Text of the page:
Multivariate Alteration Detection (MAD) and MAF Post-Processing in Multispectral, Bi-temporal Image Data: New Approaches to Change Detection Studies

Allan A. Nielsen¹, Knut Conradsen¹ and James J. Simpson²

¹Department of Mathematical Modelling, Technical University of Denmark,
²Digital Image Analysis Laboratory, Scripps Institution of Oceanography

Accurate and quantitative change detection in a temporal sequence of satellite scenes is an important requirement for many climate and global change studies. This paper introduces the Multivariate Alteration Detection (MAD) transformation and describes the Minimum/Maximum Autocorrelation Factor (MAF) transformation, and it combines these two multivariate statistical transformations to quantitatively and accurately detect changes in sequences of satellite data. As opposed to the popular Principal Component (PC) transformation both the MAD and the MAF transformations are invariant to affine transformations which means that they are both insensitive to for instance 1) changes in offset and gain in a measuring device such as an imaging spectrometer, and 2) simple multiplicative atmospheric corrections. Both Landsat Multispectral Scanner System (MSS) data and Advanced Very High Resolution Radiometer (AVHRR) data, together with the above cited analysis methods, are used to quantify case studies of urbanization and ENSO-related (El Niño-Southern Oscillation) alteration of ocean thermal structure. Change is also computed by applying the PC transformation to simple difference images. These latter analyses are compared with those derived using the MAF/MAD analyses. Results show that the combination of MAF/MAD analysis is superior to the PC analysis for accurate detection of patterns of spatial change in multivariate satellite scenes. Moreover, the MAF/MAD analysis is less effected by noise in the data than is the PC analysis and the MAF/MAD analysis also is more effective than PC analysis for the detection of outliers in data. MAF/MAD analysis, coupled with simple spectral differencing of properly intercalibrated images, is an effective combination to 1) compute accurate rates of change, and 2) place these rates in a statistically meaningful spatial context (i.e., a natural image context). This combination can be achieved by assigning significance to the simple differenced values only in regions where the cross-correlation between the simple differences and the MAF/MADs is high.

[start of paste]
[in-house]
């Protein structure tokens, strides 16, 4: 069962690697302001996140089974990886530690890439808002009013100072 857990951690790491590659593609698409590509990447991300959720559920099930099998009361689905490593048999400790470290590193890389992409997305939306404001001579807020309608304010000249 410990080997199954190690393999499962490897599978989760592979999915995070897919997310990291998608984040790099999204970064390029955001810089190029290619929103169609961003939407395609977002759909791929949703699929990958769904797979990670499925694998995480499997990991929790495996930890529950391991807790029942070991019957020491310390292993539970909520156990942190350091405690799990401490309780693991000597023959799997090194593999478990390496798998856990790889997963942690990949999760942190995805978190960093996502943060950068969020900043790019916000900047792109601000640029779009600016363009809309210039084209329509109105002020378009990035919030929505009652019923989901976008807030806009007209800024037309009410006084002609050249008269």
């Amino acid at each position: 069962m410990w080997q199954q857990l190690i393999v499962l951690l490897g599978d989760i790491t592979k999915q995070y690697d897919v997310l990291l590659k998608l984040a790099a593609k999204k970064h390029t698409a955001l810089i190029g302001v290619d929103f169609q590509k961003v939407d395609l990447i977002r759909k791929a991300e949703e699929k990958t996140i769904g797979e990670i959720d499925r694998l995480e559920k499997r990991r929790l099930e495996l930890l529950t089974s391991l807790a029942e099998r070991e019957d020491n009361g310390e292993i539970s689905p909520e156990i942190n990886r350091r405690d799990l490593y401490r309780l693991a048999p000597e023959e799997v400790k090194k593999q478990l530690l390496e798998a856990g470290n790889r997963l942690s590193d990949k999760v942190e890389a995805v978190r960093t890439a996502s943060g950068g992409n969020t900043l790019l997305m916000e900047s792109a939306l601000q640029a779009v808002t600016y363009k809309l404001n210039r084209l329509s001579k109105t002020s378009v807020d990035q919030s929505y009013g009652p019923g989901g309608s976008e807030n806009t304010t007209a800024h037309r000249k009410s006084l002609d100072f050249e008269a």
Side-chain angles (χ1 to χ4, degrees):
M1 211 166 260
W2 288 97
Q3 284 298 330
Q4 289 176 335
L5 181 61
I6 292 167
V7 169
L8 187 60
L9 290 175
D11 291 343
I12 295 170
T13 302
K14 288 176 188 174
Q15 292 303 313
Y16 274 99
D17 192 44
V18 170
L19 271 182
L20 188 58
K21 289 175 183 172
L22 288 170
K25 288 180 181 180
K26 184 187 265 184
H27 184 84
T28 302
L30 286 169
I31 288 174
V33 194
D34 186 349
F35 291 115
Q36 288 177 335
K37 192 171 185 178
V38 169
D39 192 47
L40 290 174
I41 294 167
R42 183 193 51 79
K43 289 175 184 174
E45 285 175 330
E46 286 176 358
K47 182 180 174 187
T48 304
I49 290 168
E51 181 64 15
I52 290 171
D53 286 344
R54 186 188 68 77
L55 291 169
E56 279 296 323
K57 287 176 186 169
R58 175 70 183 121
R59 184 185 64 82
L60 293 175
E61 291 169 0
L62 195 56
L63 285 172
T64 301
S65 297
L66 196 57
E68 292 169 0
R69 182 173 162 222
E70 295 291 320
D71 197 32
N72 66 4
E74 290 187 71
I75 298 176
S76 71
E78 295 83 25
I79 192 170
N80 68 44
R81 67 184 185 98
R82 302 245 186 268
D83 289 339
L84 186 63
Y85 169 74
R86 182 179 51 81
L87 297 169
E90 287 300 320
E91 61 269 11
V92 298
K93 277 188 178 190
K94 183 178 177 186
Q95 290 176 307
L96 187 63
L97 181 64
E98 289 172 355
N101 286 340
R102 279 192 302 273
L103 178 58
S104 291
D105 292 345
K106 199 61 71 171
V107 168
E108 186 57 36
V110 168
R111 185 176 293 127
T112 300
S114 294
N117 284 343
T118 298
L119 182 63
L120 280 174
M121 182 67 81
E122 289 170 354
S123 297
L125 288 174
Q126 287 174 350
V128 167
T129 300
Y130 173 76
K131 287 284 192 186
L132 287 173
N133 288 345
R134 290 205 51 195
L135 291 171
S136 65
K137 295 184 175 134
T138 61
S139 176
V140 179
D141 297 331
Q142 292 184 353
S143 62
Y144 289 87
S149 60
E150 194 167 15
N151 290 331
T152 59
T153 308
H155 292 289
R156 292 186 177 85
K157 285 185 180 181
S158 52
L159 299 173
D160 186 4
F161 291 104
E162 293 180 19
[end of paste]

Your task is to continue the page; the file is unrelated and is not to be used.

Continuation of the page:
Remote Sensing of Environment, 64:1-19 (1998)